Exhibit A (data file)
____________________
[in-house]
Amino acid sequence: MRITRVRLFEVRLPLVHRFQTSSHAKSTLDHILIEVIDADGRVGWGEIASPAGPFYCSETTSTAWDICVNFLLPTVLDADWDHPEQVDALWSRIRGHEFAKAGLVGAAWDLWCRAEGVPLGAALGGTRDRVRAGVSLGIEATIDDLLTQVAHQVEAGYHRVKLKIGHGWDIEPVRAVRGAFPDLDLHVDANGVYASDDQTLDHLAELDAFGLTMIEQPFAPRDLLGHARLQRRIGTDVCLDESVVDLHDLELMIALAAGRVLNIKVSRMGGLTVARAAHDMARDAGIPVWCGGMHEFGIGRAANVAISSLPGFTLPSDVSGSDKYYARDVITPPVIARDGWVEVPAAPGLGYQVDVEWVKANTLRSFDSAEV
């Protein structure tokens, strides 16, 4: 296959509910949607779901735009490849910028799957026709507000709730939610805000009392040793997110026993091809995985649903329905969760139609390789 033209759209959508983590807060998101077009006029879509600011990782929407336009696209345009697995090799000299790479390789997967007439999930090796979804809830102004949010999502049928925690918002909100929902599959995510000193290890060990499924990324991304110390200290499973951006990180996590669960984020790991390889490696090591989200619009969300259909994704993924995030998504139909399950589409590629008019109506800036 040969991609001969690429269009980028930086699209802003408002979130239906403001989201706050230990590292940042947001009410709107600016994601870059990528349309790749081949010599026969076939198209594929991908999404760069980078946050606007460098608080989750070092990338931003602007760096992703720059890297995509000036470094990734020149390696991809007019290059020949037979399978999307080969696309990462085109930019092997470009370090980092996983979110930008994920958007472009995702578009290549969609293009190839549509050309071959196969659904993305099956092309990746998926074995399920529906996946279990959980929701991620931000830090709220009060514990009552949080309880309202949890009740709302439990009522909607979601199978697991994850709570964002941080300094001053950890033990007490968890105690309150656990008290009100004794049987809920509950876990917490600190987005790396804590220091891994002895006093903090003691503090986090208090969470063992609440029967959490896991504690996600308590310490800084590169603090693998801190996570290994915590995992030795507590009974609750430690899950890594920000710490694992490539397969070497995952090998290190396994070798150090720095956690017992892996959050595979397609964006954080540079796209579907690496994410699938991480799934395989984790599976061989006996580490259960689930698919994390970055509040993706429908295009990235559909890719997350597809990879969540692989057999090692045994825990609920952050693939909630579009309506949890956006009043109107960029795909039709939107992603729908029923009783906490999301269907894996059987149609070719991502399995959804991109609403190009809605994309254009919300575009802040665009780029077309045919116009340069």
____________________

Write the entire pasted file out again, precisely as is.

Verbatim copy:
[in-house]
Amino acid sequence: MRITRVRLFEVRLPLVHRFQTSSHAKSTLDHILIEVIDADGRVGWGEIASPAGPFYCSETTSTAWDICVNFLLPTVLDADWDHPEQVDALWSRIRGHEFAKAGLVGAAWDLWCRAEGVPLGAALGGTRDRVRAGVSLGIEATIDDLLTQVAHQVEAGYHRVKLKIGHGWDIEPVRAVRGAFPDLDLHVDANGVYASDDQTLDHLAELDAFGLTMIEQPFAPRDLLGHARLQRRIGTDVCLDESVVDLHDLELMIALAAGRVLNIKVSRMGGLTVARAAHDMARDAGIPVWCGGMHEFGIGRAANVAISSLPGFTLPSDVSGSDKYYARDVITPPVIARDGWVEVPAAPGLGYQVDVEWVKANTLRSFDSAEV
């Protein structure tokens, strides 16, 4: 296959509910949607779901735009490849910028799957026709507000709730939610805000009392040793997110026993091809995985649903329905969760139609390789 033209759209959508983590807060998101077009006029879509600011990782929407336009696209345009697995090799000299790479390789997967007439999930090796979804809830102004949010999502049928925690918002909100929902599959995510000193290890060990499924990324991304110390200290499973951006990180996590669960984020790991390889490696090591989200619009969300259909994704993924995030998504139909399950589409590629008019109506800036 040969991609001969690429269009980028930086699209802003408002979130239906403001989201706050230990590292940042947001009410709107600016994601870059990528349309790749081949010599026969076939198209594929991908999404760069980078946050606007460098608080989750070092990338931003602007760096992703720059890297995509000036470094990734020149390696991809007019290059020949037979399978999307080969696309990462085109930019092997470009370090980092996983979110930008994920958007472009995702578009290549969609293009190839549509050309071959196969659904993305099956092309990746998926074995399920529906996946279990959980929701991620931000830090709220009060514990009552949080309880309202949890009740709302439990009522909607979601199978697991994850709570964002941080300094001053950890033990007490968890105690309150656990008290009100004794049987809920509950876990917490600190987005790396804590220091891994002895006093903090003691503090986090208090969470063992609440029967959490896991504690996600308590310490800084590169603090693998801190996570290994915590995992030795507590009974609750430690899950890594920000710490694992490539397969070497995952090998290190396994070798150090720095956690017992892996959050595979397609964006954080540079796209579907690496994410699938991480799934395989984790599976061989006996580490259960689930698919994390970055509040993706429908295009990235559909890719997350597809990879969540692989057999090692045994825990609920952050693939909630579009309506949890956006009043109107960029795909039709939107992603729908029923009783906490999301269907894996059987149609070719991502399995959804991109609403190009809605994309254009919300575009802040665009780029077309045919116009340069």